Only one of the Big Ten comes with a promise. God viewed good relationships in the family with such importance that He offered an incredible reward. Paul writes, “’Honor your father and mother’—which is the first commandment with a promise—‘that it may go well with you and that you may enjoy long life on the earth’” (Eph. 6:2,3). God’s Word offers two incentives that could not be bought with money and that most people want more than anything else—a good life and a long life, a promise found in both old and new covenants. Every wise child is saying, “I’m going for it!” And if you are still drawing breath, you have a chance to fulfill it.

OBEYING THEM. The Scriptures say, “Children, obey your parents in the Lord, for this is right.” This immediately precedes the quotation from the Old Testament about honoring. It doesn’t say, “…when they are right,” as if children can determine whether to obey or not. Obedience is not complicated: “What do you mean—clean my room?” Children who have learned to obey their parents are prepared to respond properly to authority, which will enable them to live joyfully and successfully. Young adults who did not learn to obey are dangerous to themselves and to others.


with questions. Ask them to help you with a true picture of who you are, your strengths and weaknesses. Parents are in the best position to give children the gift of self-awareness. Do not be defensive when they point out areas of weaknesses. They have studied you for years.

with time. When children who have left home call, it is usually received joyfully. Parents may be living with the silent regret of putting in too much time at work and not enough time with the family. Phone calls or a visit help them realize they still have a chance to finish their job. Write a Mother’s Day card, end an email asking for prayer, get Dad’s advice on a practical matter.


with money. They were likely generous with you. How about returning it? Think creatively of how you can honor them with thoughtful gifts.


with affection. Most parents want to show affection to their children, but if they didn’t get it, they may not know how to offer it. Give them a chance by showing it to them.

with service. I have two kinds of people around me, those that give ideas and those that do them. I need people to take things off my list. Do the dishes, take out the trash, mow the lawn, fix the shelf. Take it from a father of six—when my kids got it done, Dad was happy!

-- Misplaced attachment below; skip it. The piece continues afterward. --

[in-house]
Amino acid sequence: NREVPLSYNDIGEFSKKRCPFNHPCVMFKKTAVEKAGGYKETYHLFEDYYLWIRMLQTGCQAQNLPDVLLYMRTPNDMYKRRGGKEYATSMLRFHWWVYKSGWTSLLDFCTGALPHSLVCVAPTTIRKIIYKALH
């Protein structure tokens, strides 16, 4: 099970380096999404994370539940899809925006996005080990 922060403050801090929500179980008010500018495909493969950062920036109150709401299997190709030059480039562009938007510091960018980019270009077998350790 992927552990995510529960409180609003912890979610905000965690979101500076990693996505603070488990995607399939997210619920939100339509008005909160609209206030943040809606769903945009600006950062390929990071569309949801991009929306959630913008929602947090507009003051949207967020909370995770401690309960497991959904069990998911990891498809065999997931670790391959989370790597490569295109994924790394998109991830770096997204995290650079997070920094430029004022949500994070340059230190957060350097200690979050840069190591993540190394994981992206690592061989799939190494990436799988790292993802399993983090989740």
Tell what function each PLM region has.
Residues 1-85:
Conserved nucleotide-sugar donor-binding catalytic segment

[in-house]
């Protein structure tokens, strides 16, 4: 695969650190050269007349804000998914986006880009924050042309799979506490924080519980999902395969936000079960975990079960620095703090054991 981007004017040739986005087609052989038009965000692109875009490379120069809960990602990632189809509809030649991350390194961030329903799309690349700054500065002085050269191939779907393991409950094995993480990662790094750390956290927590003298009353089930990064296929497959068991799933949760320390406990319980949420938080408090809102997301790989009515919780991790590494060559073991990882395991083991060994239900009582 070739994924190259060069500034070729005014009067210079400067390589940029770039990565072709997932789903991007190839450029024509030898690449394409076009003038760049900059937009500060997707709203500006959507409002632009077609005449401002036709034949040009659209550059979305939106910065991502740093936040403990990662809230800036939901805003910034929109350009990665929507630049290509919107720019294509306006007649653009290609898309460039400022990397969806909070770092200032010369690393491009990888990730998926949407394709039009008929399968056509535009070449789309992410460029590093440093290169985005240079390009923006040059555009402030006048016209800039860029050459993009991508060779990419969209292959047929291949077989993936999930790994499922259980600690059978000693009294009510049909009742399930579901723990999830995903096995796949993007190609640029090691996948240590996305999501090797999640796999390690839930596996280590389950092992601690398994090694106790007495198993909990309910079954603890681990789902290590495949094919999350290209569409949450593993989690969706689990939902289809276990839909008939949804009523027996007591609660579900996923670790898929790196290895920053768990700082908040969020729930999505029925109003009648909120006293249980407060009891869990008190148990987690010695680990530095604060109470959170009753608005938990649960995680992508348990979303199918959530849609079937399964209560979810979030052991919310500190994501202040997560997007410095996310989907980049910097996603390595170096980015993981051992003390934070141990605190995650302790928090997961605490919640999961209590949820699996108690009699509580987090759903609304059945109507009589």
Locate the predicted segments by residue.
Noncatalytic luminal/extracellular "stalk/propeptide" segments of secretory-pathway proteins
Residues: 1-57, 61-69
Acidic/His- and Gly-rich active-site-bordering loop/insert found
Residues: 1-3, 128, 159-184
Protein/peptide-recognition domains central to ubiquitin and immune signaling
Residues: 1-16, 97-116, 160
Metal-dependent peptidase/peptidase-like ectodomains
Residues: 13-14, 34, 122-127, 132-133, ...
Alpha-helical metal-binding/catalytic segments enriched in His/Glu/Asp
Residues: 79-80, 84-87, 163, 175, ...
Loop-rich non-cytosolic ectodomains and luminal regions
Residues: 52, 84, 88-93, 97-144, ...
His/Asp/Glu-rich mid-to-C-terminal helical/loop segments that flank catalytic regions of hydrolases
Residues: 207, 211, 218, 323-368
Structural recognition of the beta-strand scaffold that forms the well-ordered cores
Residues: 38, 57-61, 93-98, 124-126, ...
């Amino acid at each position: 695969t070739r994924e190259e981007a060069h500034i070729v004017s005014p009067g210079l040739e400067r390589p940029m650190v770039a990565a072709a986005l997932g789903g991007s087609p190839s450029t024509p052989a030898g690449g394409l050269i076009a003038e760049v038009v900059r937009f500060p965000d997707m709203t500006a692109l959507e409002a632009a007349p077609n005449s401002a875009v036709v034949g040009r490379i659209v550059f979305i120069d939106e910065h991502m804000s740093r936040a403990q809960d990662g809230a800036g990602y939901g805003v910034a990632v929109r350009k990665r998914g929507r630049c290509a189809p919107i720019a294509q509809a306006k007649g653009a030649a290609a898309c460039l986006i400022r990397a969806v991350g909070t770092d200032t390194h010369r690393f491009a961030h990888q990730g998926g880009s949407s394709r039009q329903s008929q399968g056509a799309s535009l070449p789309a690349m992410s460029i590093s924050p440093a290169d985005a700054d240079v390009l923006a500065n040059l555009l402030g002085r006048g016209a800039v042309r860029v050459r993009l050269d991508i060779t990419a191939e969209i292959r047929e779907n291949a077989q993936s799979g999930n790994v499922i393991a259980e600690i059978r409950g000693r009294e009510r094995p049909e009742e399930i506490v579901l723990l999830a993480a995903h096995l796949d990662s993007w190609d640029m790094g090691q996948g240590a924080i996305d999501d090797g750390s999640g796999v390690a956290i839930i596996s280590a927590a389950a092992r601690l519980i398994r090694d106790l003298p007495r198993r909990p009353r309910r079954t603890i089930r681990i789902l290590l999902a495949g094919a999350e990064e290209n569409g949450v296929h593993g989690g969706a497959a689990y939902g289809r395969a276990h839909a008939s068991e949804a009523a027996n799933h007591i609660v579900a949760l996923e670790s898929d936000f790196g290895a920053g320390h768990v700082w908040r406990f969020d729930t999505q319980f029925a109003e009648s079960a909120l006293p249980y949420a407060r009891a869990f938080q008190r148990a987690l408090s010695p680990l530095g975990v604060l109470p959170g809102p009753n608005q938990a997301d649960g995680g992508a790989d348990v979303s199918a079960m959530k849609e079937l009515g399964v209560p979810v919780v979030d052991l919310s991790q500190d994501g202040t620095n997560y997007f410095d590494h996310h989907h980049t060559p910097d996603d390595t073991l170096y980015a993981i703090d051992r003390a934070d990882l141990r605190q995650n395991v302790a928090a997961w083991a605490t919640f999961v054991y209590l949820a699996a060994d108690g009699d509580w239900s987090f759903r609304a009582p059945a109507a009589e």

Honoring does not mean changing them. Many children try to change their parents. Obedience comes with no deals.

God gave you the right parents. You don’t need to wonder if God made a mistake. Ask Him why and He’ll probably tell you.

You are not a victim. All of us enter this world through an imperfect father and mother. Parents didn’t get to practice before they were thrown into the task. Maybe their parenting created some wounding. It happens often. Those wounds do not define you.

You are not entitled. Pride says, “I deserve better parents.” Humility honors the parents God gave you.


You are not their judge. You are your parents’ child, not their prosecuting attorney.


Heaven will bless you if you honor your parents for whatever they did give and forgive them in areas where they failed. Young adult: it’s not too late to honor them. Maybe you feel a level of remorse for not being a better child. Replace regret with repentance. Regret creates passivity—repentance creates activity. Repenting for criticism, laziness, or anger will turn your heart into good soil, and you can honor them the rest of their lives. (For a longer article write


  1. Elaine says:

    This is very good. As a young adult, I held on to bitterness and it has greatly affected my life; I did not pass tests, the root grew, and I have reaped. I did not forgive when I knew to, and have missed that blessing. Though I am now an older adult, I hope that repentance can somehow still bring fruit and hope of promise.

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